The way I interpret it is that if your tires indicate 32psi at 70F, that one should add 1psi for ever ten degrees F drop in ambient temperature, then maintain the same pressure for ambient temperatures 0F and below. So at 60F inflate your tires to indicate 33psi, 40F: 35psi, etc.

Since my car rides rough even at factory 33psi, I could not imagine running any more than 1-2psi over that - at any time of the year!
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Old 09-18-2019, 06:01 AM   #4
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Re: Is This Tire Pressure Chart Legit?

Here is the link for their explanation for that chart:

https://www.aa1car.com/library/tirepres.htm
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Old 09-18-2019, 08:21 AM   #5
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Re: Is This Tire Pressure Chart Legit?

Tire engineer here.

The link didn't actually say HOW to use the chart. I suspect what you are supposed to do is if you fill your tires at a certain ambient temperature, use the chart to tell you how much to fill it to. That way at 70F, you will have the proper pressure.

Alternatively, if you are filling your tires at 70F, then use the chart to make sure you have enough tire pressure when it gets down to the temperature indicated.

Either way, I think this creates more confusion than is needed.

So there is a bit of wrong information on the page. For every 10F change in ambient temperature, the pressure inside a passenger car tire changes about 1 psi. For other tires, use 3% for every 10F. (Note: 3% of 30 psi is about 1 psi)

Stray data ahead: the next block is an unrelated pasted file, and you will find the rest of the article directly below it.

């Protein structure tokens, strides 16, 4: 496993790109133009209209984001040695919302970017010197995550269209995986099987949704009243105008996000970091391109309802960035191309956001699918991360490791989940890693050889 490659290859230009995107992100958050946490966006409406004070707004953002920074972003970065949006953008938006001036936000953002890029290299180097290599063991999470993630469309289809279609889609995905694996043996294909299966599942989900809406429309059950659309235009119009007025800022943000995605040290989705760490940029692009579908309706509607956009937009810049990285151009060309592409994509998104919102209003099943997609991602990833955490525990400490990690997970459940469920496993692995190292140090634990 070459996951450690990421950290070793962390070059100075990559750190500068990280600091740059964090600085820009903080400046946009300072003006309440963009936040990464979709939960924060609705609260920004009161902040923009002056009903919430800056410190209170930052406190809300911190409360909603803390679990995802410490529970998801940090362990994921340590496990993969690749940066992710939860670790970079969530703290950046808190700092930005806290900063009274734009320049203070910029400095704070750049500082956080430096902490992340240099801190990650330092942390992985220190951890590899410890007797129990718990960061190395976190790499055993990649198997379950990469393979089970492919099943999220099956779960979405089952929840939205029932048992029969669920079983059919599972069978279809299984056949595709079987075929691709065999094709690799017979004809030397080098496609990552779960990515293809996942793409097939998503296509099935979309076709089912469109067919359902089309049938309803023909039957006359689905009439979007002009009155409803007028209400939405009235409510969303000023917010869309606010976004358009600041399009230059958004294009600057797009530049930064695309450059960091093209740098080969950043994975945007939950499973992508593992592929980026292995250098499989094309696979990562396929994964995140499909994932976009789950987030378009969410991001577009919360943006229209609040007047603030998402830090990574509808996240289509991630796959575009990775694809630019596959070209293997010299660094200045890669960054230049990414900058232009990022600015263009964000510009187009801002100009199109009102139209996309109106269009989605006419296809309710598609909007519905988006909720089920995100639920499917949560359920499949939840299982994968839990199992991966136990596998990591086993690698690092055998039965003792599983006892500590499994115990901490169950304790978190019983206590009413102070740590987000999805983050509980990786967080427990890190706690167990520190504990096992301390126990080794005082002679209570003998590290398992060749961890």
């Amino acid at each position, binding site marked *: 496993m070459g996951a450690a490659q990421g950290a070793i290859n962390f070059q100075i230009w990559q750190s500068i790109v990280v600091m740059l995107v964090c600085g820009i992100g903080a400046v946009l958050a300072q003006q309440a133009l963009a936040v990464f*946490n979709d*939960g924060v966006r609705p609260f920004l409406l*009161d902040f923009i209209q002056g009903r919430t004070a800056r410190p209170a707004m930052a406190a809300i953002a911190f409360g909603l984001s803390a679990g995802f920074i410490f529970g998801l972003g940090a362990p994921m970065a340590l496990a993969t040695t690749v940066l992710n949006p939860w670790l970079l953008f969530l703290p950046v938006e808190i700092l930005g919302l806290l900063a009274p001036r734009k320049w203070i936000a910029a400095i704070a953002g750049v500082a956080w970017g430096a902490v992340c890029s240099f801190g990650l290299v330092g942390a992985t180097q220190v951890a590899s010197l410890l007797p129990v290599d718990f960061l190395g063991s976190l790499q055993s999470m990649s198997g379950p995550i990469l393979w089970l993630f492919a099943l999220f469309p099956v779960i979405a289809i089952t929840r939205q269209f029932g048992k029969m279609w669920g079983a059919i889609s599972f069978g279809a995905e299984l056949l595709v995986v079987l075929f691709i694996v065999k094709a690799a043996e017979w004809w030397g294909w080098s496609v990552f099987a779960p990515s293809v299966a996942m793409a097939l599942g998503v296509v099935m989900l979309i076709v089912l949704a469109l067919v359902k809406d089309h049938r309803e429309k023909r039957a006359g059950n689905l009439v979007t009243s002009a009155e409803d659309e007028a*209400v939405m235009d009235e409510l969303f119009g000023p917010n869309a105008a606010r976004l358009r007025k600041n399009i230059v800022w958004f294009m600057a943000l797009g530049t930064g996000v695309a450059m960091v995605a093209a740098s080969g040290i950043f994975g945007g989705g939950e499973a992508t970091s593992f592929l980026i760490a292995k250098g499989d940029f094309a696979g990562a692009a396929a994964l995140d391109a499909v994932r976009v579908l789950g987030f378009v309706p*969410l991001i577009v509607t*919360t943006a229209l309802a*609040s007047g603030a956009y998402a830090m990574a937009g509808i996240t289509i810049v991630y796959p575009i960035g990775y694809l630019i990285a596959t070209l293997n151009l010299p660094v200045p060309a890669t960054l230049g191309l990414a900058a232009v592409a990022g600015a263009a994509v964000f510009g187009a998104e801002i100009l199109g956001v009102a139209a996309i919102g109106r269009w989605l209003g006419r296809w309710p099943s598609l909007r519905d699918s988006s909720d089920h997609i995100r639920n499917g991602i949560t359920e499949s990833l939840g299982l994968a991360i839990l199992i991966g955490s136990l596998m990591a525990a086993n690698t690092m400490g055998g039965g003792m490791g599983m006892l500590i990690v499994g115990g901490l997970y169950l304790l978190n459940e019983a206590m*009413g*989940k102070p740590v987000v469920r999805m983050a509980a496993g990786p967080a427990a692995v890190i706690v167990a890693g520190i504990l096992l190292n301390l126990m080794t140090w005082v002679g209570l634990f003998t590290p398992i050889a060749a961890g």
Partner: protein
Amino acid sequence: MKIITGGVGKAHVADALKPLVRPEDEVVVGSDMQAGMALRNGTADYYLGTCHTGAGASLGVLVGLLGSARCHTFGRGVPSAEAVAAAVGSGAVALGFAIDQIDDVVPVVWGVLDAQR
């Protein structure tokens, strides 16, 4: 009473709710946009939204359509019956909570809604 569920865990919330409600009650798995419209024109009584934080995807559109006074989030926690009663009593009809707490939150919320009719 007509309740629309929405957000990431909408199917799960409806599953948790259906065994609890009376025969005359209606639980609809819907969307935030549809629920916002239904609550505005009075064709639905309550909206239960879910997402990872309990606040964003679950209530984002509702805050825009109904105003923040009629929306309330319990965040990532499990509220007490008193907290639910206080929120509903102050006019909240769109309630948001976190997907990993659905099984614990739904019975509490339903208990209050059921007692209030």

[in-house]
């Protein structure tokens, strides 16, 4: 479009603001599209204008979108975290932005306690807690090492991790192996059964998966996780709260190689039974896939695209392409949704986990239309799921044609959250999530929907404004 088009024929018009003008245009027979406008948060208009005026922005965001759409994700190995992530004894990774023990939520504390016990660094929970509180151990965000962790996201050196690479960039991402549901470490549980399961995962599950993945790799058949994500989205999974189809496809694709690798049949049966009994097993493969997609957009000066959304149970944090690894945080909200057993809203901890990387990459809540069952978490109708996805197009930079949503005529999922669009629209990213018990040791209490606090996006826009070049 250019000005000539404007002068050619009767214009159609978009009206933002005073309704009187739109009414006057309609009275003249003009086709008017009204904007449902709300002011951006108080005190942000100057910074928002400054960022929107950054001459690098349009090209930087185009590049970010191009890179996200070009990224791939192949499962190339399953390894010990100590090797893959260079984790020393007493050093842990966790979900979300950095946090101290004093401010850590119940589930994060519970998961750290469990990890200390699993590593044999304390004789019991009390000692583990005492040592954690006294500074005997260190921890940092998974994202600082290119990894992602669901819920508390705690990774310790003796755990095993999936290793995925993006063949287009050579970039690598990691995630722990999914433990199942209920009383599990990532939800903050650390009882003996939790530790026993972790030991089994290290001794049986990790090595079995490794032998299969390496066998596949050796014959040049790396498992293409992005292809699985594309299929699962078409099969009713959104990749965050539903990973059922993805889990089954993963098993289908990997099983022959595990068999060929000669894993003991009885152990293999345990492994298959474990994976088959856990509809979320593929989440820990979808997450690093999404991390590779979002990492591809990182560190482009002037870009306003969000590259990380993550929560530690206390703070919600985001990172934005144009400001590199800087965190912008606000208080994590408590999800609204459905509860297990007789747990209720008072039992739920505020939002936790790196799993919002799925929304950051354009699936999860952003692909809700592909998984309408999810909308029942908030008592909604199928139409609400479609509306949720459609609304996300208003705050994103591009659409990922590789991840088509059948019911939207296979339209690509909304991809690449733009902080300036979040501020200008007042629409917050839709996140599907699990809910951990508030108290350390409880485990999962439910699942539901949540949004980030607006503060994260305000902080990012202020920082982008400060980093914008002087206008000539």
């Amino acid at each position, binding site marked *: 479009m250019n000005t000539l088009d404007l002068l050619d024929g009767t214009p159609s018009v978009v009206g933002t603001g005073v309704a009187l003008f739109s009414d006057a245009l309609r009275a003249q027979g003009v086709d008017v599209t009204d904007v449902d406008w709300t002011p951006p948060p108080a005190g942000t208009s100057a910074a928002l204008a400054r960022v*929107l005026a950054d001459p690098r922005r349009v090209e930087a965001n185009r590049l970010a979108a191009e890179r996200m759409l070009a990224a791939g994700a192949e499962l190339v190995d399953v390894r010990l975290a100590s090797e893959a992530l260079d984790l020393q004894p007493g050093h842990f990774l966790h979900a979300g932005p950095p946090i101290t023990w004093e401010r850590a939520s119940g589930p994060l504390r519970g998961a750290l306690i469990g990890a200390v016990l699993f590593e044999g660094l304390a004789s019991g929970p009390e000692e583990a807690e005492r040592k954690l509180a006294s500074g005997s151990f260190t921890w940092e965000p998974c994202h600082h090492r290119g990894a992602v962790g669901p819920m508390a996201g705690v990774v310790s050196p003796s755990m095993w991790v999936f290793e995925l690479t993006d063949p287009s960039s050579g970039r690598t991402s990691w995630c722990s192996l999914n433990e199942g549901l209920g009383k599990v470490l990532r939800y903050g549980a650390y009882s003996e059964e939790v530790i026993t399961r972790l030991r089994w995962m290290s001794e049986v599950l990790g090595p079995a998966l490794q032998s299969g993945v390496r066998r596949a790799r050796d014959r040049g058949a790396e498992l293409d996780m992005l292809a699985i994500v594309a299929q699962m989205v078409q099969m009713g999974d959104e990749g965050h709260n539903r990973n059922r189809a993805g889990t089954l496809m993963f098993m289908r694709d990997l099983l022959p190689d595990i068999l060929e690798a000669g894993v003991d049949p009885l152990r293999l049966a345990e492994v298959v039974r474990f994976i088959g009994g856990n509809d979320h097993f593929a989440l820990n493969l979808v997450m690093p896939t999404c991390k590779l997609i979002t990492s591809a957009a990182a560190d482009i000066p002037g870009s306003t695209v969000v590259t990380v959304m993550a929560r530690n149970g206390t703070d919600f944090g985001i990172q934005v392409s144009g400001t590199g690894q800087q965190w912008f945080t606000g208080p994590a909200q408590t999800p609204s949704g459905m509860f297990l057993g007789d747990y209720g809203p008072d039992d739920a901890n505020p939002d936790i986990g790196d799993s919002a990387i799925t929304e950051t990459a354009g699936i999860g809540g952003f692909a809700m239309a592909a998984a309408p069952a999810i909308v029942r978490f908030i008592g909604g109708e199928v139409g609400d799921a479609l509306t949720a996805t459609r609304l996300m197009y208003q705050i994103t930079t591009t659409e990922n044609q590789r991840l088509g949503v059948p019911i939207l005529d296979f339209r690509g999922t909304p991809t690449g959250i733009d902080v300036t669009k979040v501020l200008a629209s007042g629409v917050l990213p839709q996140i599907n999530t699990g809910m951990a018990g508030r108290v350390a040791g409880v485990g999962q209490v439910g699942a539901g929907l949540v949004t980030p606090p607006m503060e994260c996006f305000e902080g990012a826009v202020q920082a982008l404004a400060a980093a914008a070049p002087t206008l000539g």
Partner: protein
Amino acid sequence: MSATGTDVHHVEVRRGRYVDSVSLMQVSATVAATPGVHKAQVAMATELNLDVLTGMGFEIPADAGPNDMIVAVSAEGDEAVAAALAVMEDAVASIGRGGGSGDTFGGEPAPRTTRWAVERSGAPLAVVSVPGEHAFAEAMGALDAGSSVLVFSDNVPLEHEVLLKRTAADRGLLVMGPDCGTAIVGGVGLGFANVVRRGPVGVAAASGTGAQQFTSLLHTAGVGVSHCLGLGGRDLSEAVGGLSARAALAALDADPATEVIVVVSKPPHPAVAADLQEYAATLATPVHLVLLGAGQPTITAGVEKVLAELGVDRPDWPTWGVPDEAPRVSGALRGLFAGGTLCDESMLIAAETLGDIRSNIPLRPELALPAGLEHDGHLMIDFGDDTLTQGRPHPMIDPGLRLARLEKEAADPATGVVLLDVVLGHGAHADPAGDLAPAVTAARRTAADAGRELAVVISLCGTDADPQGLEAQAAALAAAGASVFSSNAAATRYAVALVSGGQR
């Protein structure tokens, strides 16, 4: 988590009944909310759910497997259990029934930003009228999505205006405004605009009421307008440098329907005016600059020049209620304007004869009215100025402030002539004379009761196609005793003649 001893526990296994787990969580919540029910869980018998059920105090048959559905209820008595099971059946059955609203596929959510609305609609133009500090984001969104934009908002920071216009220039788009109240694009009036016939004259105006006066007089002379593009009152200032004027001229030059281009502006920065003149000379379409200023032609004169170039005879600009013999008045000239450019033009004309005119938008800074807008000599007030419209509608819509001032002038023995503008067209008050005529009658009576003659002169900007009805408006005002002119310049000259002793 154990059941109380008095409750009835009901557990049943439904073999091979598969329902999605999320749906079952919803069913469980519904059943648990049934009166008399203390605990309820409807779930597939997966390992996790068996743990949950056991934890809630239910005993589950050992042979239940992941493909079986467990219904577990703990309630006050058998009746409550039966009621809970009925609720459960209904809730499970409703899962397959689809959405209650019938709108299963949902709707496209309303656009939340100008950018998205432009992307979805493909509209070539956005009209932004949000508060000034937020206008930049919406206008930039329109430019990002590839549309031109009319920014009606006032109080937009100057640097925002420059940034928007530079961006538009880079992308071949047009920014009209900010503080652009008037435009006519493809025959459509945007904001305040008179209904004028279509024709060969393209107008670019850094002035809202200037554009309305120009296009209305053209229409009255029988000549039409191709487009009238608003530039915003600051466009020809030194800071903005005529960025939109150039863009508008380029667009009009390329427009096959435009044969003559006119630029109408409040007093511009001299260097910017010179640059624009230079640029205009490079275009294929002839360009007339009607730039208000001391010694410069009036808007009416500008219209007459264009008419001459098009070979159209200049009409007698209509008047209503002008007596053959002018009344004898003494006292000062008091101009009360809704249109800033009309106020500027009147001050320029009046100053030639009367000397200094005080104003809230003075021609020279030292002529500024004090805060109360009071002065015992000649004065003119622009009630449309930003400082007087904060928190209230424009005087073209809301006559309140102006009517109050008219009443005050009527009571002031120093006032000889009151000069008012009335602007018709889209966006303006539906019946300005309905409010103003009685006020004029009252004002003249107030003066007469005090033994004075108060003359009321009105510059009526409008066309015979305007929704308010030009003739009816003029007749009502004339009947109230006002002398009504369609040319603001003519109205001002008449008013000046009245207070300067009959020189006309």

Please note that the tire manufacturers want you to inflate your tires to the vehicle manufacturer's specified pressure for whatever the operating conditions are. That means that if you are operating at 10F, they want you to use the specified pressure, not one specified for another temperature. That also means if you fill your tires at 70F, then they will be too low at 10F (about 6 psi low).

Yes. yes, it is confusing.

Now allow me to express my opinion: Winter tires would benefit from a few extra psi. (3 to 5 psi) That extra pressure helps push the footprint through the snow to reach the pavement. The pavement will always have better traction than snow.

Some people will argue that over inflating your tires will cause the center of the tread to wear faster that the shoulders. That is true, BUT that effect is small compared to most other things that cause rapid wear, such as alignment and the drive vs steering effect.

Drive vs steering effect? Steering tires tend to wear the shoulders and drive tires tend to wear the center. You can see this clearly on a RWD car - where the wear rates are about the same front to rear but in different portions of the tread. That's why rotating tires gets you longer tread life.

On a FWD car, you can't see the steering vs drive difference as the front tires are doing both - BUT - that also means that the front tires are going to wear more rapidly that the rears. I've measured about 2 1/2 times faster. Again rotating tires helps even out the wear.